Students can even discover the fields that they don’t want to pursue. “I meet with students who were planning to spend thousands of dollars and hours in law school,” said Lupo, “only to complete an internship at a law firm and realize that they don’t want to practice law. That learning saves so much time and money.”

Students can also learn valuable skills that they didn’t expect. Last year, Lu applied for an internship at Tesla that he didn’t get. “I learned how to recover quickly,” he said.

Eric Liu works on a project at the USS Midway during his SPAWAR internship.

Long-term Benefits

The total number of internships a student completes as an undergraduate is a major predictor of positive career outcomes six months after graduation, according to a 2017 study from Mount Holyoke College titled “The Impact of Undergraduate Internships on Post-Graduate Outcomes for Liberal Arts.”

A 2016 Forbes feature declared that internships are “the ultimate return on investment for today’s college student.”

As college students face increased tuition and accumulating debt, the pressure rises to connect their degrees to their careers. According to the National Association of Colleges & Employees (NACE), “a paid internship with a company in the private sector is, by far, the most beneficial in promoting job-search success, because it is the most deliberately designed and the most consistently funded for converting interns into full-time, entry-level hires.”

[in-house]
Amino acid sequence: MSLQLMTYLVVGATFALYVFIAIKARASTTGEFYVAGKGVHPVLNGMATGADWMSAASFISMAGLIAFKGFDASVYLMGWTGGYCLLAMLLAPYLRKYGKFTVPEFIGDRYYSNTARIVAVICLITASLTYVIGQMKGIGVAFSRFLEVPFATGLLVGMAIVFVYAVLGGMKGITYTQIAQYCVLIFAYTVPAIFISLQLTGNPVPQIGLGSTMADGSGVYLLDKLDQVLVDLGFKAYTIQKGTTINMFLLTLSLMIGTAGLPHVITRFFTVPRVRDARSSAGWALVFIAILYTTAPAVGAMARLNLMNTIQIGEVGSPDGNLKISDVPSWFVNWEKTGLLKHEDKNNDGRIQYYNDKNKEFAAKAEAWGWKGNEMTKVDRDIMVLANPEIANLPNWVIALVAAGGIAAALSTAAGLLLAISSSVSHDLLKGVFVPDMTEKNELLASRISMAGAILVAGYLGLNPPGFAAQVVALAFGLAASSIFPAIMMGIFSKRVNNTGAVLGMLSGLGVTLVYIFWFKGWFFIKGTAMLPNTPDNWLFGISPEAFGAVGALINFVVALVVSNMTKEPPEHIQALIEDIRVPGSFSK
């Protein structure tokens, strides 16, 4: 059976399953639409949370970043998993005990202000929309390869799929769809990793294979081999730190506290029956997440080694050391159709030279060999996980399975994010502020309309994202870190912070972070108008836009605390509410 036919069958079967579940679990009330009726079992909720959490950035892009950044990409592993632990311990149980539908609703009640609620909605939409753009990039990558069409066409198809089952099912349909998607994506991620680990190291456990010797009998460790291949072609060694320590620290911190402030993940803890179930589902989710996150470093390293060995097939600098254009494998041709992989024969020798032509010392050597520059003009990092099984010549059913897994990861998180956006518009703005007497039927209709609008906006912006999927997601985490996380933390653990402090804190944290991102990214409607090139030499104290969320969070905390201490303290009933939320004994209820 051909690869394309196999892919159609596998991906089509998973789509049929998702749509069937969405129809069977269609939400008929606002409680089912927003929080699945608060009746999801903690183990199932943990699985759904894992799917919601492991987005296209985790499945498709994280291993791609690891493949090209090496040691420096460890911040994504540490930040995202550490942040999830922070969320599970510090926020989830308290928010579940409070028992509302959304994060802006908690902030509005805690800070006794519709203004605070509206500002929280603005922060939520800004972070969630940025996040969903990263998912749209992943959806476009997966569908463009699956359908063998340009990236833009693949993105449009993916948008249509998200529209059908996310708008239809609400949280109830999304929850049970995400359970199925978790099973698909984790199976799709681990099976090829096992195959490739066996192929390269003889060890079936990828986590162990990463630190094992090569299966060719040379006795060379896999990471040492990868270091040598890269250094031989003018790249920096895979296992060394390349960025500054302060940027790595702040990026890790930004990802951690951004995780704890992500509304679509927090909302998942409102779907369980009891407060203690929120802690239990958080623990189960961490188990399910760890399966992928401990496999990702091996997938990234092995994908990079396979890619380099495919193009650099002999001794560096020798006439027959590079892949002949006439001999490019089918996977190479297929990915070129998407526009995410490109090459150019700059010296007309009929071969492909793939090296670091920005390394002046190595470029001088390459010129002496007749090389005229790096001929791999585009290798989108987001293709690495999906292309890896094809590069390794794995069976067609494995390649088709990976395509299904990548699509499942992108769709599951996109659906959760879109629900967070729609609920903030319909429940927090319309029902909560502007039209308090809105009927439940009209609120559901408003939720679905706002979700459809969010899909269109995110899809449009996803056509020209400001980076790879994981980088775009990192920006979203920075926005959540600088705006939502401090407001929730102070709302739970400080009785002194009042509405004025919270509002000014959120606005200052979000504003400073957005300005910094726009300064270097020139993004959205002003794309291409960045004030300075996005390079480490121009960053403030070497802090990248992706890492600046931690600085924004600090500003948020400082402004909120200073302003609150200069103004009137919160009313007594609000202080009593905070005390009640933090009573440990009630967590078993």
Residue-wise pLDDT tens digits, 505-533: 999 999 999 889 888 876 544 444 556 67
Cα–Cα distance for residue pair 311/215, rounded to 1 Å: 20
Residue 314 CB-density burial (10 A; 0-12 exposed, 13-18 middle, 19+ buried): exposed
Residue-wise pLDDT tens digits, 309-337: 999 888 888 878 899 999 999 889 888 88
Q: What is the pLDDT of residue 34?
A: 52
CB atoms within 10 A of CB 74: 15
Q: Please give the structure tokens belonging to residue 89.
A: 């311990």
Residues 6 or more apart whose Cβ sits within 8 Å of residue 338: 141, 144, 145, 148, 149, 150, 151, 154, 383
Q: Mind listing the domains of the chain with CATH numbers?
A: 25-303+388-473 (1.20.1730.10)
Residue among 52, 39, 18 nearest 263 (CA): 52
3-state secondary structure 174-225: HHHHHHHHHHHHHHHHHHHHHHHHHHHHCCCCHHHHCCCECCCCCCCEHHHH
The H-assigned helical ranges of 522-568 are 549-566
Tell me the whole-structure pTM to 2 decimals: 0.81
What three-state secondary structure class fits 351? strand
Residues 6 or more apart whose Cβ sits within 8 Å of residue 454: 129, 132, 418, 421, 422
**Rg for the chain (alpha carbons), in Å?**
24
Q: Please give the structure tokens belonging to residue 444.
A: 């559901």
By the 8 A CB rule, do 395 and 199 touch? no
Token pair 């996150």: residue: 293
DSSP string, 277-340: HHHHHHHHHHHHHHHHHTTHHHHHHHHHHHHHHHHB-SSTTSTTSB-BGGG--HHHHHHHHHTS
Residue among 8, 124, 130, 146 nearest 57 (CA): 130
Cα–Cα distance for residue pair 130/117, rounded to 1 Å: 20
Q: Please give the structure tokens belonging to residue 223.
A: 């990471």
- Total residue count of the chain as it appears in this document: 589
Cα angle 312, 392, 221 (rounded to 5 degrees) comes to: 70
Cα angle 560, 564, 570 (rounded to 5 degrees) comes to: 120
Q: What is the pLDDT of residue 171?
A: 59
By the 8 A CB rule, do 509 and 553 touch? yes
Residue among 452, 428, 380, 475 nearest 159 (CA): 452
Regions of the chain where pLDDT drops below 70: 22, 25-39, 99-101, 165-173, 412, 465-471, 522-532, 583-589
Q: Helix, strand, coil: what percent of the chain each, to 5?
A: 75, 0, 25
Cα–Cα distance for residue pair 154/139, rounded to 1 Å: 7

“A paid internship with a company in the private sector is, by far, the most beneficial in promoting job-search success, because it is the most deliberately designed and the most consistently funded for converting interns into full-time, entry-level hires.”

Chrissy Conde, who manages regional talent acquisition for Enterprise in Southern California, visited PLNU and highlighted the importance of converting interns into employees at her company. “While internships can lead to increased rates for job offers and salary ranges, PLNU offers a unique perspective on internships and calling.” According to Conde, Enterprise works to convert at least 45% of their student interns to management trainees. 

“Internships are really about passion,” Lu believes. “The world is really big, and when you work on an internship, the world gets smaller.”

Rebecca Smith is Executive Director of Career Services at Point Loma Nazarene University.

Is it time for you to get career-ready?

The Offices of Strengths & Vocation (OSV) is a dedicated on-campus career center exclusively for PLNU students. OSV works with students to identify their strengths, develop their talents, write their own unqiue story, and discover who they are called to be.

Click here for some tips from OSV on designing a purposeful career, developing your God-given strengths, creating a killer resume, and connecting with employers!

PLNU’s the Viewpoint publishes relevant and vital stories that grapple with life's profound questions from a uniquely Christian perspective. In addition to the content offered online, the Viewpoint print magazine is published three times a year in spring, summer, and fall.